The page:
Marvin Copple, at 79; figure in Nebraska banking scandal
LINCOLN, Neb. - One of the major figures in the Commonwealth Savings financial scandal of the 1980s in Lincoln has died.
A funeral home obituary said Marvin Copple died Saturday at age 79.
Mr. Copple served 29 months in prison after being found guilty of felony thefts connected with a pair of $250,000 payments from Commonwealth while he was vice president, in 1981.
Commonwealth was founded and owned by S.E. Copple, Mr. Copple's father.
Also prosecuted in the scandal was another son, Newton Copple, who had taken out a loan in the name of the wife of a former business partner without her knowledge.
On Nov. 1, 1983, state banking regulators declared Commonwealth, the largest of Nebraska's 32 industrial loan and investment companies, insolvent and locked the doors.
More than 6,700 depositors lost money in the $65 million Commonwealth collapse.
Each account was supposed to be guaranteed up to $30,000 by the state-funded Nebraska Depository Institution Guaranty Corp.Many Commonwealth depositors assumed their money was backed by the state treasury, but learned later that the guaranty corporation was nothing more than a state-authorized insurance pool that was supposed to have been financed by Commonwealth and Nebraska's other industrial loans companies and had only about $3 million.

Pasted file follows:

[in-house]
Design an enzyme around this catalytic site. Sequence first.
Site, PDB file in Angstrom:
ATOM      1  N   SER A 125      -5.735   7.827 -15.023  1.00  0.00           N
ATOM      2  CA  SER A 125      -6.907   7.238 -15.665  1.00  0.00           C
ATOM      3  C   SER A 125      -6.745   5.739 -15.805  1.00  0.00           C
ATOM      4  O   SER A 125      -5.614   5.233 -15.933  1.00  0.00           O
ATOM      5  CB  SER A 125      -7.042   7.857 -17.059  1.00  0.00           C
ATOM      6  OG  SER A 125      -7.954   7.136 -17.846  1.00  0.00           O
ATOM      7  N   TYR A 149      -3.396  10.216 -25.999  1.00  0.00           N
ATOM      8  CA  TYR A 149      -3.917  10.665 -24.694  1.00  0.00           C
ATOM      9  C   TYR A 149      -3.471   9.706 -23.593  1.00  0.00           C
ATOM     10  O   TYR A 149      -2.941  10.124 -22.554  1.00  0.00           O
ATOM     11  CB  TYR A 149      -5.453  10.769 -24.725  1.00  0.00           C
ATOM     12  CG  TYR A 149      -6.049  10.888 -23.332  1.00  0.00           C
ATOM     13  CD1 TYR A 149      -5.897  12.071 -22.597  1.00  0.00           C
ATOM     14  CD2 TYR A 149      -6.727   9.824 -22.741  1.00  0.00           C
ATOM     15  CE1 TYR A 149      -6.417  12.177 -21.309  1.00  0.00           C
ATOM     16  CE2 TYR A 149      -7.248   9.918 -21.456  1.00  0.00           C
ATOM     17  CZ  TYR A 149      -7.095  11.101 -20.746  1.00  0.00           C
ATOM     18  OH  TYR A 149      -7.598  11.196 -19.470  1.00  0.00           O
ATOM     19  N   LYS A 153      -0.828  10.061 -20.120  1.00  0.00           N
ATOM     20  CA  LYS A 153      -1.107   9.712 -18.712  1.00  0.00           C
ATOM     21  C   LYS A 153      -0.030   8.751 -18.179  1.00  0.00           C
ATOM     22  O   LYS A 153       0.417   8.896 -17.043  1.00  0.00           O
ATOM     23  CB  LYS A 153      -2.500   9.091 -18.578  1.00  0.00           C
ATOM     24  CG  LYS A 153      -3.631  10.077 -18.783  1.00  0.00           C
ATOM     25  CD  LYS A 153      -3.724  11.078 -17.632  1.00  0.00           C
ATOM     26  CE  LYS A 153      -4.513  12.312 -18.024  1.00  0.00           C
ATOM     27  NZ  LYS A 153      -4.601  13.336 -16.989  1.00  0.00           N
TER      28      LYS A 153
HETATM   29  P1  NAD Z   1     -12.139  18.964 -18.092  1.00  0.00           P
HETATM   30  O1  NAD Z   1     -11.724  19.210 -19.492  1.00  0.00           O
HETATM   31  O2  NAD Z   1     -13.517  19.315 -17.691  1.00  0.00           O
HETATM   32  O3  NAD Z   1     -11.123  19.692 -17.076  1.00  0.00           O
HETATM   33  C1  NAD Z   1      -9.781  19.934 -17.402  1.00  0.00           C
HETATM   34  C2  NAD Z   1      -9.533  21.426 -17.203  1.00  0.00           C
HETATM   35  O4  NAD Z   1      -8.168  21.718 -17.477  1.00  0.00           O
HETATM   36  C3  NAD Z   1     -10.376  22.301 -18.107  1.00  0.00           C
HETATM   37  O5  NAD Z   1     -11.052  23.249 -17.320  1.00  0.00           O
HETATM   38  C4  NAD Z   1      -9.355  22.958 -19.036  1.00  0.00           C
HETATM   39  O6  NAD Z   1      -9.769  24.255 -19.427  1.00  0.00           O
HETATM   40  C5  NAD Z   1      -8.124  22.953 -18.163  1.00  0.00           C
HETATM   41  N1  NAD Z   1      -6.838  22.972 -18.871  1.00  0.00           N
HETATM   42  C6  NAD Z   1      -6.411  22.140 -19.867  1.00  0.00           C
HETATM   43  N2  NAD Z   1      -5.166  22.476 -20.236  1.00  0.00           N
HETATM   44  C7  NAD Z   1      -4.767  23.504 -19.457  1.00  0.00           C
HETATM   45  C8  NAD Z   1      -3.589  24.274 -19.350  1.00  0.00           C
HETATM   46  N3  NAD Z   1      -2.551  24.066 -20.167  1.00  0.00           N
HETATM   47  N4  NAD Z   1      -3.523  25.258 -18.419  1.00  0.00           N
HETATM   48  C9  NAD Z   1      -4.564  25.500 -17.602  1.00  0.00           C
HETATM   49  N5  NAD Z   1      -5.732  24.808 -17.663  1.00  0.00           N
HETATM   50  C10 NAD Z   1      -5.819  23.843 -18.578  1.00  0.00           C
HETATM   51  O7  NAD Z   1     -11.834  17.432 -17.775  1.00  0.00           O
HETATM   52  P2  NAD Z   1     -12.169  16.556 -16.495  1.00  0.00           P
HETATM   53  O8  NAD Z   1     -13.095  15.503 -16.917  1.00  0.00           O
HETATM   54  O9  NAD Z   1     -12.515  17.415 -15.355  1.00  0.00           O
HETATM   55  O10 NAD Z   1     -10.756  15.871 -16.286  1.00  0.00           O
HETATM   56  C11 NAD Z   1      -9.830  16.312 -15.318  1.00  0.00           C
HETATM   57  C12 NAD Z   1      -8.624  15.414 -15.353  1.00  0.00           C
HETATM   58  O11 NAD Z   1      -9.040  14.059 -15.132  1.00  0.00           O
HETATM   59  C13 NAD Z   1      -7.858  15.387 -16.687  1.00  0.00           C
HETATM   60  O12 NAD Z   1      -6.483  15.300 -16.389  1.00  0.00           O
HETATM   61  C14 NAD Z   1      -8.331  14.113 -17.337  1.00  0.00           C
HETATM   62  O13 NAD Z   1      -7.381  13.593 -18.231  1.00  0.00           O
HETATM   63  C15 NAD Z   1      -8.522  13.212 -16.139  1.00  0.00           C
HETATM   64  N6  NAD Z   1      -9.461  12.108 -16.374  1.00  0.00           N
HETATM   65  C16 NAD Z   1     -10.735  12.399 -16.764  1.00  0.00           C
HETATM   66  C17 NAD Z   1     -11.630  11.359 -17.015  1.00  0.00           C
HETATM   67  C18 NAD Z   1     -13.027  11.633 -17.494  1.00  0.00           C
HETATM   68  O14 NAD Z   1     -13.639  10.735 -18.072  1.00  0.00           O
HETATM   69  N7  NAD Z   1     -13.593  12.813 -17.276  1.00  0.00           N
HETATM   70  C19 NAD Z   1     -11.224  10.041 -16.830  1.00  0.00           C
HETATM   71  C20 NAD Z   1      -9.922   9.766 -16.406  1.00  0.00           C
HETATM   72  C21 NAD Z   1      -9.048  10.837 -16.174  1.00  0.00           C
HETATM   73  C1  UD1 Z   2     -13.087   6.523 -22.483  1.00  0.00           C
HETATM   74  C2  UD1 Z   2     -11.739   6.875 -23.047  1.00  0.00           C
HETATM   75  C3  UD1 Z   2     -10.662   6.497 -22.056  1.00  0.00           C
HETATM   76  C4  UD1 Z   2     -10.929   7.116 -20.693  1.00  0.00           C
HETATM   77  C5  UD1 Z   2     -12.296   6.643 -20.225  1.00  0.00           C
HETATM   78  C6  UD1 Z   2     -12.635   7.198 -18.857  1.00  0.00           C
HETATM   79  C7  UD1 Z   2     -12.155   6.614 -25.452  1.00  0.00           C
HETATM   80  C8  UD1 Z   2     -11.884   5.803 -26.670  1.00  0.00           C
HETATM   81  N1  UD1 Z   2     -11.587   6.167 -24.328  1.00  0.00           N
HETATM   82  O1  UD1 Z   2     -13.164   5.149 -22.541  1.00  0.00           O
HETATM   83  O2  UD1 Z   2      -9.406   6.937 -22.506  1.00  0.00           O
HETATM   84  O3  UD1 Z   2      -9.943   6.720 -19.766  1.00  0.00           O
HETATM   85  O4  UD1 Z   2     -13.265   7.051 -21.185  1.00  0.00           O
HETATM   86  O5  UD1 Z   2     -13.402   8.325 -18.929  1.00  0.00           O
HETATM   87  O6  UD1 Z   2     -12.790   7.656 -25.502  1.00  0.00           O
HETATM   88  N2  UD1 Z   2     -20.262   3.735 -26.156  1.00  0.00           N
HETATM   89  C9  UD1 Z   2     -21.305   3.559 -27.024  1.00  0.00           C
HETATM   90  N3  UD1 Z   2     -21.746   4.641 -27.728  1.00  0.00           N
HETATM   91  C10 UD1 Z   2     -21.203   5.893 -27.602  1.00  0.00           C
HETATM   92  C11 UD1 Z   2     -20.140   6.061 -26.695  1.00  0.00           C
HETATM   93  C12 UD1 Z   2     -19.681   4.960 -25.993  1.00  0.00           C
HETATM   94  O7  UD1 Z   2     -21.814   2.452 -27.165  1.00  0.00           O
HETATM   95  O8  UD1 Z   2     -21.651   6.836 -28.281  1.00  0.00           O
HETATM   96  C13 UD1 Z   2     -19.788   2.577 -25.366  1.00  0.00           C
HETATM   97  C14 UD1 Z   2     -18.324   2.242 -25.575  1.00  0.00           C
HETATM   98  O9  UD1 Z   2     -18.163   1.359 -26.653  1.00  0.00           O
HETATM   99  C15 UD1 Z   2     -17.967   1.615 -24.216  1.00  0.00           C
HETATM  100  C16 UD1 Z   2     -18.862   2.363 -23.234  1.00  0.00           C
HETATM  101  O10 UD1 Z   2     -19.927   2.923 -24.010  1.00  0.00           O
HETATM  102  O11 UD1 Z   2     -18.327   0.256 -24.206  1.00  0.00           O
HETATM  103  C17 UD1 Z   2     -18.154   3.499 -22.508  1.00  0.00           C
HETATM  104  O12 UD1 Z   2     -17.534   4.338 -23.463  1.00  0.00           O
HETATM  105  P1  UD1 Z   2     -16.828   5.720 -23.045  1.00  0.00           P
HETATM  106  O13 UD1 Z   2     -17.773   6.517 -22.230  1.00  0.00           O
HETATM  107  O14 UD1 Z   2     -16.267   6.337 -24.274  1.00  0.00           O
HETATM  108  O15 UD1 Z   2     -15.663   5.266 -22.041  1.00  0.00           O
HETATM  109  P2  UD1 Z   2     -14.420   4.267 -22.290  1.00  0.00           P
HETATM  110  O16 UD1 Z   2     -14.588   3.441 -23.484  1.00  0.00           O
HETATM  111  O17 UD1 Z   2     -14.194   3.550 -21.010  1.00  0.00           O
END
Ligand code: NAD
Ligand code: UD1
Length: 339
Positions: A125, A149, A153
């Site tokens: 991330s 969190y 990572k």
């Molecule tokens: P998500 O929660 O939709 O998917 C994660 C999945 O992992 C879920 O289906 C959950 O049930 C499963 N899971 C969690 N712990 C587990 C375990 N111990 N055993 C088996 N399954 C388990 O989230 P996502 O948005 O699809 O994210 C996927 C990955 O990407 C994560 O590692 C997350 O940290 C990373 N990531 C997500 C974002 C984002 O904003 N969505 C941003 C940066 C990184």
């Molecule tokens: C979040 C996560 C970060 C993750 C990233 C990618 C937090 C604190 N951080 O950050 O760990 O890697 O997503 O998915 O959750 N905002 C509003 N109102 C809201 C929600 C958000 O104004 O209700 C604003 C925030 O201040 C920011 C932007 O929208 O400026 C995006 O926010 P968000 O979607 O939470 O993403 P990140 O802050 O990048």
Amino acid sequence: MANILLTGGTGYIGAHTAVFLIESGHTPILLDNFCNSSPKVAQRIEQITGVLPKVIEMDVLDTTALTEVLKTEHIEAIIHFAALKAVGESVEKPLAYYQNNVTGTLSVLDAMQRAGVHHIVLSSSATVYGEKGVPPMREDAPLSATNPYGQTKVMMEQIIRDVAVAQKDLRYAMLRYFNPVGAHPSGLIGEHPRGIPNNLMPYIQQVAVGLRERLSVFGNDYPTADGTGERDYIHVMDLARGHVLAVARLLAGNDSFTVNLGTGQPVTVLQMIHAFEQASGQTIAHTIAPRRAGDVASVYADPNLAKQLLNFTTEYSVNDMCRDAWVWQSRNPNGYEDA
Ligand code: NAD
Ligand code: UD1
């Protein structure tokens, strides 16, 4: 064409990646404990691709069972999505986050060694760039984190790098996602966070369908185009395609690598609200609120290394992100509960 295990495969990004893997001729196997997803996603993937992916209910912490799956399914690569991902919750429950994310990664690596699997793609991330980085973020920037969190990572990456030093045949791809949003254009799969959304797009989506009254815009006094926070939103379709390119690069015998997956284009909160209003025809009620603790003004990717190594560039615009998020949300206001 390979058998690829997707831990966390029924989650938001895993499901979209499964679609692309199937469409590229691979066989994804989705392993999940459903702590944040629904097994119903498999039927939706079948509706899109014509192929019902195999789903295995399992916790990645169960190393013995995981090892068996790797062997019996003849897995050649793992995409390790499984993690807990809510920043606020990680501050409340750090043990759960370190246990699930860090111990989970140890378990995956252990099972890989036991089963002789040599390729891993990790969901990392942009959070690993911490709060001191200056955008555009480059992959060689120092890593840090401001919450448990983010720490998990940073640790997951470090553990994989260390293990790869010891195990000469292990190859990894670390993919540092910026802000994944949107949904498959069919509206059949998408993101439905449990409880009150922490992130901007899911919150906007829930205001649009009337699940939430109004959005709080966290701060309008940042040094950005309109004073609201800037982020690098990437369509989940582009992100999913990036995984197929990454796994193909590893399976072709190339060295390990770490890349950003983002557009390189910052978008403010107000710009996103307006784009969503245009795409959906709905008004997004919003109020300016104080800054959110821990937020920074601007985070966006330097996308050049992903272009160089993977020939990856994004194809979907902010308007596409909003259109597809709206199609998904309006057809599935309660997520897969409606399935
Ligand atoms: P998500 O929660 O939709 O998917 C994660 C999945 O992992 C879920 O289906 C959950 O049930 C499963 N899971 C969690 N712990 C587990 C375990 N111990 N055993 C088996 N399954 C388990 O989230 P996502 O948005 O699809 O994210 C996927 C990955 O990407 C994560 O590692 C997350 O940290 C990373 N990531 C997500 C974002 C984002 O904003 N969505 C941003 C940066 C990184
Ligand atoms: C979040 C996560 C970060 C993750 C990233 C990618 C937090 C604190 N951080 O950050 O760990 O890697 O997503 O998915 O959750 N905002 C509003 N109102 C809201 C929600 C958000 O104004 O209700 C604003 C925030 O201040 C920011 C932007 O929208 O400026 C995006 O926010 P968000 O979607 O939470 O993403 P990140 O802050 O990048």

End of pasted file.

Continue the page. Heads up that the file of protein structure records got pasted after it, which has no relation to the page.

Investigations later showed that lax oversight contributed to Commonwealth's failure.
The Commonwealth closing led to the ouster of the state banking director, Paul Amen, and the resignation and impeachment of then-Attorney General Paul Douglas.
In 1985, the Legislature appropriated $8.5 million as a settlement of any state liability in the case. Lawsuits dragged on for years and the final payout to depositors or their heirs was approved in April 2002.
In the end, they all got $40.15 million, about 59 cents on the dollar.
In all, six people were sent to prison in connection with the Commonwealth closure, including S.E. Copple. He pleaded no contest to a charge of making a false bank entry to deceive bank examiners, and in 1984 he was sentenced to 12 to 14 months in federal prison.
He died in 1987 at the age of 90.
Mr. Copple had also been a builder and developer and was active in the American Quarter Horse Association.
He leaves his wife, Joan; a brother, Ed; and three daughters.
Services were set for today in Lincoln.